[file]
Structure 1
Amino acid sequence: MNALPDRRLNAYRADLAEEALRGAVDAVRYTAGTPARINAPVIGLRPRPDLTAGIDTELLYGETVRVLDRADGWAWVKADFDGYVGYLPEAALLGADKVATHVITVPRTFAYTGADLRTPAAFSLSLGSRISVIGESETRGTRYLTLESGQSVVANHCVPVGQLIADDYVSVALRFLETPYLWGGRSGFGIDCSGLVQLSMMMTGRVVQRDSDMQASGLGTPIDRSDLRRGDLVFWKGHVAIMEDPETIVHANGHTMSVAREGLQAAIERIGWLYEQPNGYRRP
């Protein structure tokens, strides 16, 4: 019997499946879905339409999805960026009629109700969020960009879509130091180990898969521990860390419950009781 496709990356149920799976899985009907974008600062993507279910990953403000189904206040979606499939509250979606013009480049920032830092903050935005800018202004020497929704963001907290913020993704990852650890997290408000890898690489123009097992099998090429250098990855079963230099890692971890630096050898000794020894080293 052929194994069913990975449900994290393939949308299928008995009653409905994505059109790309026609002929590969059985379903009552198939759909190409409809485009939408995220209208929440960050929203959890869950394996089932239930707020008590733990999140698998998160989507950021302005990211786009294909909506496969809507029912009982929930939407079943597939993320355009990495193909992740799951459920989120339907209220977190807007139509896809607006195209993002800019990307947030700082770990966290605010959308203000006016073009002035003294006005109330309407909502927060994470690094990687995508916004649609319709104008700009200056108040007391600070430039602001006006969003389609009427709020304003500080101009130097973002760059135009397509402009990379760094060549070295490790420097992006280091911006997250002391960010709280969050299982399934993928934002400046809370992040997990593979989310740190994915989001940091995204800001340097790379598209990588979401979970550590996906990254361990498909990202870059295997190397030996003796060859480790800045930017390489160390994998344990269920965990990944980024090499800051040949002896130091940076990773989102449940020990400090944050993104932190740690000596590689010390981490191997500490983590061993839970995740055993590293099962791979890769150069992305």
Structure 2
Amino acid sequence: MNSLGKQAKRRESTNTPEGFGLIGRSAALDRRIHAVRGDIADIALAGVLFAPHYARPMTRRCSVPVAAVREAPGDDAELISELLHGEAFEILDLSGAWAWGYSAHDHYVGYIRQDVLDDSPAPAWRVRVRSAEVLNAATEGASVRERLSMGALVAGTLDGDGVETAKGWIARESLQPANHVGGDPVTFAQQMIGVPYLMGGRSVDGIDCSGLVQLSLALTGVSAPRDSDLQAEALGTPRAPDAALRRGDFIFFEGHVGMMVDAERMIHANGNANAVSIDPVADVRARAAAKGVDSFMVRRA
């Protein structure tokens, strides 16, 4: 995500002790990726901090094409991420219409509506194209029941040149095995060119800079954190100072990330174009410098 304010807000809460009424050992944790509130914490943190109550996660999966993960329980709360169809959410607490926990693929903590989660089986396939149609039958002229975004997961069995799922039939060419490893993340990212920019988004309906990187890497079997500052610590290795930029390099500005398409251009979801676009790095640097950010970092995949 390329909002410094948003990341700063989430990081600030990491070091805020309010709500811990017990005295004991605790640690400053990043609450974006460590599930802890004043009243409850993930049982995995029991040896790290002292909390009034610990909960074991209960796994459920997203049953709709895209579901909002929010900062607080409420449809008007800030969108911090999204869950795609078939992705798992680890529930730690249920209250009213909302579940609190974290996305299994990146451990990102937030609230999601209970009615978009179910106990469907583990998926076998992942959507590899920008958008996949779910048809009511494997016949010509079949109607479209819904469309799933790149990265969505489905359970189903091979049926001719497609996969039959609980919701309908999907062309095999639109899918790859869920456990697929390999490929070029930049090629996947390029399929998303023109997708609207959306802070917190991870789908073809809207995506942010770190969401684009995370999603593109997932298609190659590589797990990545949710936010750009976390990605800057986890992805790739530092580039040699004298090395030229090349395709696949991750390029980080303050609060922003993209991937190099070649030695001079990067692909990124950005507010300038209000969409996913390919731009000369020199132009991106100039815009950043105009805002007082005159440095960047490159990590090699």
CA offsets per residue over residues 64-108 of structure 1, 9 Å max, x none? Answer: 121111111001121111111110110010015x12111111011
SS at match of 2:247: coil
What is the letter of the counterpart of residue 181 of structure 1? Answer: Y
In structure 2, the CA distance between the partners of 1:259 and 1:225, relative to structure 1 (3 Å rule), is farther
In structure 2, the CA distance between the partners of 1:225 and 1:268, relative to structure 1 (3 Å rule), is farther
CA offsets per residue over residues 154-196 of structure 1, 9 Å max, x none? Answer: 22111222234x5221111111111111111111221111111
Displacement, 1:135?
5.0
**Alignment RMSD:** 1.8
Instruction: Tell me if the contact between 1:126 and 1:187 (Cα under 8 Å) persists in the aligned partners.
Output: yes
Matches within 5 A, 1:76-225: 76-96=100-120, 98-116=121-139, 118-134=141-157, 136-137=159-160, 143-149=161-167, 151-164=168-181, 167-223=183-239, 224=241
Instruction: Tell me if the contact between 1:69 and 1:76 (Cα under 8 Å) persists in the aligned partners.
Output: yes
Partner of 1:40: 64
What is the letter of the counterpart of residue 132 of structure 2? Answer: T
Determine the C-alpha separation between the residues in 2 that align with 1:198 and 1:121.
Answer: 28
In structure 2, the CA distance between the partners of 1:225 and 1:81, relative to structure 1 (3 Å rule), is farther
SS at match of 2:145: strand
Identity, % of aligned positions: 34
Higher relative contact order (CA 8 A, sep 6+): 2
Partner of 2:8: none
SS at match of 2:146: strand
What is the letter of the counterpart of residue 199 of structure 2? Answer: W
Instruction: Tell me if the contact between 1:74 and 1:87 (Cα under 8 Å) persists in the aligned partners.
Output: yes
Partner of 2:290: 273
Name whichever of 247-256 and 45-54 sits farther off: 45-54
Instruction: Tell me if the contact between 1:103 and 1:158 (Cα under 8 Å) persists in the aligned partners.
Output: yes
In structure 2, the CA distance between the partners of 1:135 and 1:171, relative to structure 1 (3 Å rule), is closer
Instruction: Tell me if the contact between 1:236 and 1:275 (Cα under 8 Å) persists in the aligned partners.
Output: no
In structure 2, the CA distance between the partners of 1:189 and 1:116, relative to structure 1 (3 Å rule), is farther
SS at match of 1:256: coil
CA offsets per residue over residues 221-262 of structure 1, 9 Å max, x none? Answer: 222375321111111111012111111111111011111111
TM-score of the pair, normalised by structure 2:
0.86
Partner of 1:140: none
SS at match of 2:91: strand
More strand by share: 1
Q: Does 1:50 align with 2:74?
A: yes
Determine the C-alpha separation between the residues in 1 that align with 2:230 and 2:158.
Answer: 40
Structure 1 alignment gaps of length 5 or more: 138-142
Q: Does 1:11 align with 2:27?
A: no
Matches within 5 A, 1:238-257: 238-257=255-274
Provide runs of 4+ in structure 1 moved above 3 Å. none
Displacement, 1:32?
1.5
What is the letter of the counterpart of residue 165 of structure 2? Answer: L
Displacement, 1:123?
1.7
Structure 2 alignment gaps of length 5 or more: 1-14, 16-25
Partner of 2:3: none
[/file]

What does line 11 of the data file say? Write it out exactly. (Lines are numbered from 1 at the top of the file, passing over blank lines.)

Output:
In structure 2, the CA distance between the partners of 1:225 and 1:268, relative to structure 1 (3 Å rule), is farther